Thursday, November 08, 2007

The Bridge of Sighs





Robin Trower
Bridge of Sighs (Expanded Edition)
1974
Pic over the album cover is the real Bridge of Sighs in Venice,Italy. It goes from the Doge's Palace, over the canal and to the prison on the other side. It was named Bridge of Sighs due to the anguished cries of those on their way to the pokey. My grandson Gage and I made sure to make a heavy sigh during our walkover. I also turned him on the the Robin Trower track that I just happened to have on the trusty iPod. He thought it was a bit too slow. I don't think we ever paid that much attention to the speed of this song. It was far to trippy of a tune to care much in our altered states.
Guitarist Robin Trower's watershed sophomore solo disc remains his most stunning, representative, and consistent collection of tunes. This 24-bit digitally remastered 25th anniversary reissue, which tacks on five live tracks adding nearly 25 minutes to the original playing time, actually improves upon the original. Mixing obvious Hendrix influences with blues and psychedelia, then adding the immensely soulful vocals of James Dewer, Robin Trower pushed the often limited boundaries of the power trio concept into refreshing new waters. The concept gels best in the first track, "Day of the Eagle," where the opening riff rocking morphs into the dreamy washes of gooey guitar chords that characterize the album's distinctive title track that follows. At his best, Trower's gauzy sheets of oozing, wistful sound and subtle use of wah-wah combine with Dewer's whisky-soaked soul-drenched vocals to take a song like the wistful ballad "In This Place" into orbit. "Too Rolling Stoned," another highlight and one of the most covered tracks from this album, adds throbbing, subtle funk to the mix, changing tempos midway to a slow, forceful amble on top of which Trower lays his quicksilver guitar. The live tracks, although similar to the album versions, prove that even without overdubs and the safety of the studio, Trower and band easily convey the same feel, and add a slightly rougher edge, along with some low-key, crowd-pleasing flourishes. One of the few Trower albums without a weak cut, and in 2000, unfortunately one of the only ones still in print in the U.S., Bridge of Sighs holds up to repeated listenings as a timeless work, as well as the crown jewel in Robin Trower's extensive yet inconsistent catalog. ~ Hal Horowitz, All Music Guide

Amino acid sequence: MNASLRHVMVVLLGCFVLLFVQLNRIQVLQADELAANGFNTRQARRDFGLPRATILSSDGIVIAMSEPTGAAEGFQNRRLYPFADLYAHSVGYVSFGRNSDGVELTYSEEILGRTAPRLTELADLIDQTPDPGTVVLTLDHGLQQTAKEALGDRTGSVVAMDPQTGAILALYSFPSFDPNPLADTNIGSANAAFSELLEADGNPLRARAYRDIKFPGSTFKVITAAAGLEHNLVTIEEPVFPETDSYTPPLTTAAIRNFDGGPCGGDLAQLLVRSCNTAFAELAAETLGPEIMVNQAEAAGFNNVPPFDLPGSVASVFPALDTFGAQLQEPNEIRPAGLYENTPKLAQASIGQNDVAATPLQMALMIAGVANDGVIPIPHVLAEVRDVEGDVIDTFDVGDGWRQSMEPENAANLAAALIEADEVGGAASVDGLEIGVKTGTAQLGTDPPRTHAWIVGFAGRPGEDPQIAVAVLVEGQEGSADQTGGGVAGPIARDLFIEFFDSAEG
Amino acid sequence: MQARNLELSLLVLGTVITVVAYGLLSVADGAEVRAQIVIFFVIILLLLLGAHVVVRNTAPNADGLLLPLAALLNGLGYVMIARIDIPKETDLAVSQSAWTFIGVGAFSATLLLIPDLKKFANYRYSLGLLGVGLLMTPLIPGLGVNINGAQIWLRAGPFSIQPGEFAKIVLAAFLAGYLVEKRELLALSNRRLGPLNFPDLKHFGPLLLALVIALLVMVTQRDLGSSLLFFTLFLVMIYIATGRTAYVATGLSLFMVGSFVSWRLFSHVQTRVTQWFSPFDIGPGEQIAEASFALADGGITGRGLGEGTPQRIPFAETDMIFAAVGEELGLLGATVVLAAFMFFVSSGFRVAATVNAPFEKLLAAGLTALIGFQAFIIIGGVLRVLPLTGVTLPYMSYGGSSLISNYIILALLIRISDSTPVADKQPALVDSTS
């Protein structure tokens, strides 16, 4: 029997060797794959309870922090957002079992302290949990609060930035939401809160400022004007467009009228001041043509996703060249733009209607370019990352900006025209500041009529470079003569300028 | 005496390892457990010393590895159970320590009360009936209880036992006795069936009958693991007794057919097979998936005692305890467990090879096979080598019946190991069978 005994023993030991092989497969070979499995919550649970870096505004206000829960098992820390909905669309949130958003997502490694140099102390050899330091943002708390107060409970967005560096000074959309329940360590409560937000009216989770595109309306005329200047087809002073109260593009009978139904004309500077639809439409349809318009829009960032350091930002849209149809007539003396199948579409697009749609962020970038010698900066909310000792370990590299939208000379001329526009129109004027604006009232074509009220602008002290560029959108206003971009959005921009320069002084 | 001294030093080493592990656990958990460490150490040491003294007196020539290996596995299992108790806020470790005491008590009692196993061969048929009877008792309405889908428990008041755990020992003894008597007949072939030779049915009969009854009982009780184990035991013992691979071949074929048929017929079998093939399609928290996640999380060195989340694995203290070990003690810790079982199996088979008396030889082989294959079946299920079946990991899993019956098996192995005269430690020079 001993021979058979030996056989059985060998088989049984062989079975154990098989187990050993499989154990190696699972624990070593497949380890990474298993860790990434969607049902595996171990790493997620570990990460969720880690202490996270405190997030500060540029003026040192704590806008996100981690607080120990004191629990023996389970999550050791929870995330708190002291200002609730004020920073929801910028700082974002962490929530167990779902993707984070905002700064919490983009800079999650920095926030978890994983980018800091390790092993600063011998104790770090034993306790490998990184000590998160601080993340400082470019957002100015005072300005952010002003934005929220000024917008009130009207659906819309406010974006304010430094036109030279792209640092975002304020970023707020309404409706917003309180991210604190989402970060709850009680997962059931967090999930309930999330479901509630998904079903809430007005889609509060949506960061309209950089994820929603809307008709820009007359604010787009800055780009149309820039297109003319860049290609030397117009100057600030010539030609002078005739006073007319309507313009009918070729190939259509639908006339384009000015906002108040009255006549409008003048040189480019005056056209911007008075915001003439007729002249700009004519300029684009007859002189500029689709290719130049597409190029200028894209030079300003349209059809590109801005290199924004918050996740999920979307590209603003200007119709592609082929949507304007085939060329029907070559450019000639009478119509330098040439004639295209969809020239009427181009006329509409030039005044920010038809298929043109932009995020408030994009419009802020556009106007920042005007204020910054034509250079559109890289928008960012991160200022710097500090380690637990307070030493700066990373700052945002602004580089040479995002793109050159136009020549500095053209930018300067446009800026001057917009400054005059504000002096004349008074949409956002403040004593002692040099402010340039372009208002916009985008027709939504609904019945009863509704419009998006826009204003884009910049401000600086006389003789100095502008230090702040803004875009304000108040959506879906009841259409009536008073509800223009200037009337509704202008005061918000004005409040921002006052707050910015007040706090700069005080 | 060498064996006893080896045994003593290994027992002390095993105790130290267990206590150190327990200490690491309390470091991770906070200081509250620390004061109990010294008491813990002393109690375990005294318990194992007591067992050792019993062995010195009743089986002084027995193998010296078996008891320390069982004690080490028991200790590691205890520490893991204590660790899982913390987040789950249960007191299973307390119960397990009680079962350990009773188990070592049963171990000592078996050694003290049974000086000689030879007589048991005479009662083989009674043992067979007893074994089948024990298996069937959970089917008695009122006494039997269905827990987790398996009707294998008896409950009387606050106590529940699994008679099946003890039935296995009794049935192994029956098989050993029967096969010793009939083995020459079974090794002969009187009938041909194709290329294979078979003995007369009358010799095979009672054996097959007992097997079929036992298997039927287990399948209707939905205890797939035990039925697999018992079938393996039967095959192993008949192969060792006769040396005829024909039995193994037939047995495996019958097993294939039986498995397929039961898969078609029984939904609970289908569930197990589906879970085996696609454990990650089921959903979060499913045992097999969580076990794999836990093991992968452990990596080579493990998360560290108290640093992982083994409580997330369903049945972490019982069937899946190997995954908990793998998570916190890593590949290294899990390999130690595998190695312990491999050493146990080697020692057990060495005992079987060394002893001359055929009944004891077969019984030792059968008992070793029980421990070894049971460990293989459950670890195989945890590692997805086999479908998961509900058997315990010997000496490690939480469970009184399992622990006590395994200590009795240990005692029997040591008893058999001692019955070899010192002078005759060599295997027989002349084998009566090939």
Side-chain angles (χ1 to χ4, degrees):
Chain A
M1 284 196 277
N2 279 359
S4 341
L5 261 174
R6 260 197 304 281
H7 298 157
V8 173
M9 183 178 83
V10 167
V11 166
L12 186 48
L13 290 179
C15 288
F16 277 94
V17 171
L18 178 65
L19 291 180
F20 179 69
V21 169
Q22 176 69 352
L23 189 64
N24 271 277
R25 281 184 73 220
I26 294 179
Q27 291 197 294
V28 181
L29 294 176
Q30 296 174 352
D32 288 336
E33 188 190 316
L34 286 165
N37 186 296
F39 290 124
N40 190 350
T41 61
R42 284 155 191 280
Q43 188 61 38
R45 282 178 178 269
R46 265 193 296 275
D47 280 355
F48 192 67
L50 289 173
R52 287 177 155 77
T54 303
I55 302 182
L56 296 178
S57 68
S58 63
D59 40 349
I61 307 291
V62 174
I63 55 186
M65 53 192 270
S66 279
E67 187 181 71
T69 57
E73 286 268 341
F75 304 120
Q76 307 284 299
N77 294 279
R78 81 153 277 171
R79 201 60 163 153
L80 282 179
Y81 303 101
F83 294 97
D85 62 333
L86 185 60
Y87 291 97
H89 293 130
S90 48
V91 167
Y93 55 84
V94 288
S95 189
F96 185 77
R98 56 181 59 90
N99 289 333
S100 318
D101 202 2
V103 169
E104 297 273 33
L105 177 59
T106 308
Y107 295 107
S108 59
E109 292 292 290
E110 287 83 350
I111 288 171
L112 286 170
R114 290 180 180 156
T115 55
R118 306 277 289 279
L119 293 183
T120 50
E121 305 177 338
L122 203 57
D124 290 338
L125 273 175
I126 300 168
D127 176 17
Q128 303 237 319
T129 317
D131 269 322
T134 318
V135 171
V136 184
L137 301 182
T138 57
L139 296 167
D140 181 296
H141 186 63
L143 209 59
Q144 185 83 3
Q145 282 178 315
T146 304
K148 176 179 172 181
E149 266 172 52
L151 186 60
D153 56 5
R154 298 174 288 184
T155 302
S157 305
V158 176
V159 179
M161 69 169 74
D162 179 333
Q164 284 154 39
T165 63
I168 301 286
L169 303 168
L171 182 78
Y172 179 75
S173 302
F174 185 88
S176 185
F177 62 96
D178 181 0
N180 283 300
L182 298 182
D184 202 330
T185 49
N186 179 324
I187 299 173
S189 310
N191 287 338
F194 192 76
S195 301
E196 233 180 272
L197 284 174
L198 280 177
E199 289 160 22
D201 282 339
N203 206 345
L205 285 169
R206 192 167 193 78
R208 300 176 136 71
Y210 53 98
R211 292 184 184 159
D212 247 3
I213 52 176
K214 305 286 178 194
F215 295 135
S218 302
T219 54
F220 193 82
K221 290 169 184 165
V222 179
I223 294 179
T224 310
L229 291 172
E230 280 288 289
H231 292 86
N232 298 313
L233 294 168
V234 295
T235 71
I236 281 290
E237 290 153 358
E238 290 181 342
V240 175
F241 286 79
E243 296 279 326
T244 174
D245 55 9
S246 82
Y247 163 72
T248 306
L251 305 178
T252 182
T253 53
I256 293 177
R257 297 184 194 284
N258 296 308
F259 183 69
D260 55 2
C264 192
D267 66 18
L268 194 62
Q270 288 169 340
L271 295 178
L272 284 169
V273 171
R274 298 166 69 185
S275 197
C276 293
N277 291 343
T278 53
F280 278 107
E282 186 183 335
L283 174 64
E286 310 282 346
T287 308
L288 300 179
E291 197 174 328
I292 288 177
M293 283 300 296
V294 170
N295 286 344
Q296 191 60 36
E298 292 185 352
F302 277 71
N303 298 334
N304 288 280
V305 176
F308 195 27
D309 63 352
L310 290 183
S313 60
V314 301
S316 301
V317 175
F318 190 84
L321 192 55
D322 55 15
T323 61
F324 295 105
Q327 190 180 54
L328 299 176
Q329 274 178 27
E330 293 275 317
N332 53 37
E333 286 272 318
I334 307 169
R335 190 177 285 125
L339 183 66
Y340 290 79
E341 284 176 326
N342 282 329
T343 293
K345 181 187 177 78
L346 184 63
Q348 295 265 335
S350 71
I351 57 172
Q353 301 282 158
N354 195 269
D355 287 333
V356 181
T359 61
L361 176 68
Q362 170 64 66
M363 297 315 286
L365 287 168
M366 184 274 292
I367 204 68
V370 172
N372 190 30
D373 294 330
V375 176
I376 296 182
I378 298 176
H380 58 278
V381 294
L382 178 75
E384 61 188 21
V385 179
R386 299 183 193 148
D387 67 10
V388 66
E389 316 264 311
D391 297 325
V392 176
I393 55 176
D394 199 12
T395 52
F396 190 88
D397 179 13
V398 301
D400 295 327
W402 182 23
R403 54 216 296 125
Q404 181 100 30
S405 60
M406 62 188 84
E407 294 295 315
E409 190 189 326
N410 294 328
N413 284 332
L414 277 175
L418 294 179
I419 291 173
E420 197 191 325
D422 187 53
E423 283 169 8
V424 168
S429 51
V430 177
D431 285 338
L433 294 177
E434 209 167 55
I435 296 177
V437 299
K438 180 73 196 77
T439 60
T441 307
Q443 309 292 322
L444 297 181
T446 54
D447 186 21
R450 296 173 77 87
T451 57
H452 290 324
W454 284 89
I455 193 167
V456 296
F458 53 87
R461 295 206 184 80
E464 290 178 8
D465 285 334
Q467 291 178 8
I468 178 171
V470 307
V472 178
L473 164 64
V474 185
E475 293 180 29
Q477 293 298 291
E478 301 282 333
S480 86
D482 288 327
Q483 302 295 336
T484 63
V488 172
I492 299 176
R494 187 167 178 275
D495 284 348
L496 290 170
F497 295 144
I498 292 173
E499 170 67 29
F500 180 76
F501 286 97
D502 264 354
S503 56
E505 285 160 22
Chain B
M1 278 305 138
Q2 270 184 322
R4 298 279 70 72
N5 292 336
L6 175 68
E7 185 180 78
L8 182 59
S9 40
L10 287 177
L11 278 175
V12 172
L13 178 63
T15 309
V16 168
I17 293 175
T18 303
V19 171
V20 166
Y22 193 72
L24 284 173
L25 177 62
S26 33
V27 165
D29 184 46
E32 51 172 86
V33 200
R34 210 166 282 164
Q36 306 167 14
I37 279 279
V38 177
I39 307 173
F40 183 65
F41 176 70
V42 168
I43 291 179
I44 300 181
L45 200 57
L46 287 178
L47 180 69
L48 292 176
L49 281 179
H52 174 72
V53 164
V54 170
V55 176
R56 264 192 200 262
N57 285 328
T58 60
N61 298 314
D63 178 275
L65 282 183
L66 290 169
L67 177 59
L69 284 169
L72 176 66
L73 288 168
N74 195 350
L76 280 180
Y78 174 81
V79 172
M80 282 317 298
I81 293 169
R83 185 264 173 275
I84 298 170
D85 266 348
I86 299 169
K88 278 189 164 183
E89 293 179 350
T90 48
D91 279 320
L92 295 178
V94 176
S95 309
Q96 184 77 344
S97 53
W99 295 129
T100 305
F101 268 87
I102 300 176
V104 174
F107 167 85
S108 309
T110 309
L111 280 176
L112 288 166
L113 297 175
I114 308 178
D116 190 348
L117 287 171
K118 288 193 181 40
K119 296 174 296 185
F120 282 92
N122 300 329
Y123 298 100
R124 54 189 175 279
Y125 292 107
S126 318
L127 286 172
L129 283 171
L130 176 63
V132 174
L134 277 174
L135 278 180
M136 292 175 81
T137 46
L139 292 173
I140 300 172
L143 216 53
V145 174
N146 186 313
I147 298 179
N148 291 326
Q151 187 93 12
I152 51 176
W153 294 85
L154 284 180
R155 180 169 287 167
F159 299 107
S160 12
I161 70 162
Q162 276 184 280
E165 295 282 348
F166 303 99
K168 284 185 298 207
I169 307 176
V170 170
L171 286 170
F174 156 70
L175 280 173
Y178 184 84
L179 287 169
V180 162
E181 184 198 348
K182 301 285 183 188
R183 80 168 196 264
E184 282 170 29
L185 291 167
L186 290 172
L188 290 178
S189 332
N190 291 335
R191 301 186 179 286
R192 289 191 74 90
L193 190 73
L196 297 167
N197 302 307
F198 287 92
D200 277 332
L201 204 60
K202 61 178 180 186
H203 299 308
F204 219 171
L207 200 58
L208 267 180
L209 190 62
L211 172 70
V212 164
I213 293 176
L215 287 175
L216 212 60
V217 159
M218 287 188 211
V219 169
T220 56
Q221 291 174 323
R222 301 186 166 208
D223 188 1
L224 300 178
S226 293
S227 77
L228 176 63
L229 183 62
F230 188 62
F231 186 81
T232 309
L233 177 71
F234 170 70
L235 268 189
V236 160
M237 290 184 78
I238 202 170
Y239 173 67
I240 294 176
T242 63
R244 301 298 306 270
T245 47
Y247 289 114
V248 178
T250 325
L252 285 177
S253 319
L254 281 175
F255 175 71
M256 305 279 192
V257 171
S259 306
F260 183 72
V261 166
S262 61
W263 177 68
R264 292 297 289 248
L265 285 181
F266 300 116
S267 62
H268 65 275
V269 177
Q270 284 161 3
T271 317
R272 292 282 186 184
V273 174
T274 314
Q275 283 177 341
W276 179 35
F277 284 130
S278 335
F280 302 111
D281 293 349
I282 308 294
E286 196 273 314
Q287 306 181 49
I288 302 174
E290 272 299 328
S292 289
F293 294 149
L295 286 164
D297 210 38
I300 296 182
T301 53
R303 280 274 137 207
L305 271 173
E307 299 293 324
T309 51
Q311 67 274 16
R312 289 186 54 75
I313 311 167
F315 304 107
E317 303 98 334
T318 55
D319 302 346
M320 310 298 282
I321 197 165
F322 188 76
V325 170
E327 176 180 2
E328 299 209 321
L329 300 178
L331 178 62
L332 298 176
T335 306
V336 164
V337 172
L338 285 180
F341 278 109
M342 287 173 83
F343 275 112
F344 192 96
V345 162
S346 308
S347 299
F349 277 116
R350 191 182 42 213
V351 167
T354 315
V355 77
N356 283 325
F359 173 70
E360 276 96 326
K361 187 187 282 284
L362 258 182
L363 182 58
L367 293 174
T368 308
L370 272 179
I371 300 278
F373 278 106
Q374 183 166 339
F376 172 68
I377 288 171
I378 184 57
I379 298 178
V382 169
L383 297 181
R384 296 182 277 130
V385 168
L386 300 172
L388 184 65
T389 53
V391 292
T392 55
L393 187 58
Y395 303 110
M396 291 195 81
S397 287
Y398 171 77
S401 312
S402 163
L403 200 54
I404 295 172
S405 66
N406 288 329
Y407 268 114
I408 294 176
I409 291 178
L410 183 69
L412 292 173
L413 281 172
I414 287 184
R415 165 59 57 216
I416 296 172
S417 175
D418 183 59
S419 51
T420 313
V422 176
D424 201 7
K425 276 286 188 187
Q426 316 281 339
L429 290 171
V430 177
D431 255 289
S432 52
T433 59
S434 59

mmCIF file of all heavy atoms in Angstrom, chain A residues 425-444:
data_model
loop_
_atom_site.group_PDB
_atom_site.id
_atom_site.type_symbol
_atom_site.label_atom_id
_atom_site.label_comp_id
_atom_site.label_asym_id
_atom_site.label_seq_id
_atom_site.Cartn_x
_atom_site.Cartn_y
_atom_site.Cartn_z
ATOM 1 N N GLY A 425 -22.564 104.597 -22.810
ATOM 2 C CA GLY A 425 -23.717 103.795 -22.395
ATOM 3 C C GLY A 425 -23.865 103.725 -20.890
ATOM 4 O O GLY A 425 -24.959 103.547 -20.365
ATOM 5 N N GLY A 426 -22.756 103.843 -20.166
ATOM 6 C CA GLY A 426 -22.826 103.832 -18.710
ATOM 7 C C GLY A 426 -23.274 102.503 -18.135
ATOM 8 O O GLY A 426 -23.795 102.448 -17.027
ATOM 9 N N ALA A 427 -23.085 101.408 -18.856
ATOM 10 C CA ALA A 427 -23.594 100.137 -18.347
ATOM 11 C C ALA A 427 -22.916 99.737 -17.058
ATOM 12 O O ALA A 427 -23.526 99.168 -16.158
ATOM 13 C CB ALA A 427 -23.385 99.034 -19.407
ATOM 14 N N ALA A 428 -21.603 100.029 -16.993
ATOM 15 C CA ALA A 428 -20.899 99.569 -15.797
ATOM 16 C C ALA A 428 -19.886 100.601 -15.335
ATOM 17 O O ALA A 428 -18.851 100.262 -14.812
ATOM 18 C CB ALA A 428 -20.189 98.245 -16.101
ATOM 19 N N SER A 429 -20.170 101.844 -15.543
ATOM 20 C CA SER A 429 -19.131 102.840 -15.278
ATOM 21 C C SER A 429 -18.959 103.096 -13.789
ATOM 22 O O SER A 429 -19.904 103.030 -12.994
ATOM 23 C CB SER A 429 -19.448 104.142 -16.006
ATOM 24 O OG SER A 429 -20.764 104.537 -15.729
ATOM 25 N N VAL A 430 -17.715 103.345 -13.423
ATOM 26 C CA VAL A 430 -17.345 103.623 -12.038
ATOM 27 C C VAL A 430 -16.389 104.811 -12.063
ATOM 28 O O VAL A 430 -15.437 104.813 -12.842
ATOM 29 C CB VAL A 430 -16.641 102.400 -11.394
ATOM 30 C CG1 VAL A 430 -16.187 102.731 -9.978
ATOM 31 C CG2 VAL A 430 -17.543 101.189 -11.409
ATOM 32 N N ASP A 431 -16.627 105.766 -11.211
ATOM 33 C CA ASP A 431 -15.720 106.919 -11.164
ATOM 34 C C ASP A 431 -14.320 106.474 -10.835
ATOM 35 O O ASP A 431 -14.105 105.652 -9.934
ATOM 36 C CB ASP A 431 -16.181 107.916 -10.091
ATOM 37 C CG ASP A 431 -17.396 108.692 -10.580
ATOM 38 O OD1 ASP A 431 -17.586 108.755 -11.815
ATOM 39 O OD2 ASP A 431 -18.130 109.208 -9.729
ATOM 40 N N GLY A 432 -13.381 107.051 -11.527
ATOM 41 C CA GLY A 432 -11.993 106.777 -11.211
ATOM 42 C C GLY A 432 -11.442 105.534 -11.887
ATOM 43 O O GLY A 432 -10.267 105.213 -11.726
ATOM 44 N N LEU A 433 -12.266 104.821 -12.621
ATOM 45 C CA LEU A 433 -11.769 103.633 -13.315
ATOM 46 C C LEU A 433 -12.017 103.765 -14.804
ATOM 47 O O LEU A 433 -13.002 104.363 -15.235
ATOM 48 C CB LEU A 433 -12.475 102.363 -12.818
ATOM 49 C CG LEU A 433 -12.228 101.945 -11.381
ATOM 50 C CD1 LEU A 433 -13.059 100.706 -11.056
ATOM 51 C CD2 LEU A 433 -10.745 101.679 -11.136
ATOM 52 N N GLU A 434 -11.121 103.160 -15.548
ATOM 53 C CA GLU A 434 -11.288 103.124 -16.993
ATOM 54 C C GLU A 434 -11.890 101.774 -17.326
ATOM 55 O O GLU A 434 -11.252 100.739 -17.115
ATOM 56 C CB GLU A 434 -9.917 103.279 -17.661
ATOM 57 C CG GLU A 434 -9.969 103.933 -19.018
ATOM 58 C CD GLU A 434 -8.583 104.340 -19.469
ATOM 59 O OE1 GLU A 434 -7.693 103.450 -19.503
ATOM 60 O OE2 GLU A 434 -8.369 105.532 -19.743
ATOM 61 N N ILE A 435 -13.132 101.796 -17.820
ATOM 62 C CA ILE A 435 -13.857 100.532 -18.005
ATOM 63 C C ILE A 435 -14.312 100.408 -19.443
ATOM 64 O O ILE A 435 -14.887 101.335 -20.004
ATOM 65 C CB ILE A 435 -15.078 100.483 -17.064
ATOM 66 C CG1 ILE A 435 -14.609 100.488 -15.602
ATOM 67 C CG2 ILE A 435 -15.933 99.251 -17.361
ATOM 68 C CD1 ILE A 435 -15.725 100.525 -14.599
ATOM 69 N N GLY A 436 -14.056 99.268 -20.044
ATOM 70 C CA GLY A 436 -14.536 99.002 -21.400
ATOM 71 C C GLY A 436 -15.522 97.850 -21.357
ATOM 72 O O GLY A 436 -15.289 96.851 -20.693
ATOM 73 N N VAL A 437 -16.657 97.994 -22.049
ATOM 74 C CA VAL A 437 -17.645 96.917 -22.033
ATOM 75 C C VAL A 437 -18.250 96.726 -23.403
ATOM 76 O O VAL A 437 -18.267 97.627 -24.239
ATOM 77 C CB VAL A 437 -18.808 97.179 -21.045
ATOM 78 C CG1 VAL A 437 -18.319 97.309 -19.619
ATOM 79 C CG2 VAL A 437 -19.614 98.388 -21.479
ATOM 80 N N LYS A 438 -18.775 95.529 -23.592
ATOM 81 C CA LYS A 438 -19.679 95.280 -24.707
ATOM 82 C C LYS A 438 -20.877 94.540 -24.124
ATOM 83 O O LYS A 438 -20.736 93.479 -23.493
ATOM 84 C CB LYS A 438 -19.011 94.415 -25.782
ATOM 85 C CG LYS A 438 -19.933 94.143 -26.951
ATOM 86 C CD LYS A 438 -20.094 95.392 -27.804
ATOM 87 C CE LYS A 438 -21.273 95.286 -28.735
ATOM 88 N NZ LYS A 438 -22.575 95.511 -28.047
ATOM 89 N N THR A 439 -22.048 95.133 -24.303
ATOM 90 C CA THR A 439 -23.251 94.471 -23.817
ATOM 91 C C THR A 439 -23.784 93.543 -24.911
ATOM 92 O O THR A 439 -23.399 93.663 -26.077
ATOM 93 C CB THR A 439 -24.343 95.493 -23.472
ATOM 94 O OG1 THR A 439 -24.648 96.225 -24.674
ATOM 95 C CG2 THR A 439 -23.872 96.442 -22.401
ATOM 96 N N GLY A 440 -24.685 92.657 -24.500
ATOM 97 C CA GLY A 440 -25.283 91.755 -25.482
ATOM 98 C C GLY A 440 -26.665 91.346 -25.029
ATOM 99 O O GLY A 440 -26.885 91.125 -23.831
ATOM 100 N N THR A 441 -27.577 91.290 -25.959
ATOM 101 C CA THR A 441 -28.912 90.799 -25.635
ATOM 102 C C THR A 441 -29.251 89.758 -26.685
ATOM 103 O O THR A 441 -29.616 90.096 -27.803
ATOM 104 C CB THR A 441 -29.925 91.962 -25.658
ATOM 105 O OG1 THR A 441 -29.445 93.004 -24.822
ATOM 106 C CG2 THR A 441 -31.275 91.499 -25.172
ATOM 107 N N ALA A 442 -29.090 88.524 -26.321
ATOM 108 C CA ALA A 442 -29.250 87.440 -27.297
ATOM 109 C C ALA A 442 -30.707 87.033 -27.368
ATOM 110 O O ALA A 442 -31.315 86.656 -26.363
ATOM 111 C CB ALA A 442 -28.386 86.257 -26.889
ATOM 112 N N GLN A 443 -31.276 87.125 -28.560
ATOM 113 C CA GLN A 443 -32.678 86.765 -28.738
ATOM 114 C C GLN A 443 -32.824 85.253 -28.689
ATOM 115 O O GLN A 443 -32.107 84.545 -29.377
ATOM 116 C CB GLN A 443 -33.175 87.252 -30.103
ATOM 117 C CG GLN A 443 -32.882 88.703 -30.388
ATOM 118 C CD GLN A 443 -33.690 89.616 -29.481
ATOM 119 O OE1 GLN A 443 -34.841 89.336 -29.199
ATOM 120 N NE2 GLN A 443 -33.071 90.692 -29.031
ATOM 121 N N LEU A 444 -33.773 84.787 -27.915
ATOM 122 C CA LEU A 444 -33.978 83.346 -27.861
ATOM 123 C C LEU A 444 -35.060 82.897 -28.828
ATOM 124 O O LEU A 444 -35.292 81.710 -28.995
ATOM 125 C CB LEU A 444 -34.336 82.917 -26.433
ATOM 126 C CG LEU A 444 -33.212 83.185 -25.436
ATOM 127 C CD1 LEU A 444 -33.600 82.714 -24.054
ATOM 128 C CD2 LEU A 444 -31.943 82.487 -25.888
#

1 comments:

brandonio said...

thanks for this , I've been a fan of this cat's for decades, but never took the time to listen to a whole album. I think I'll have to give this a listen. thanks for the reminder.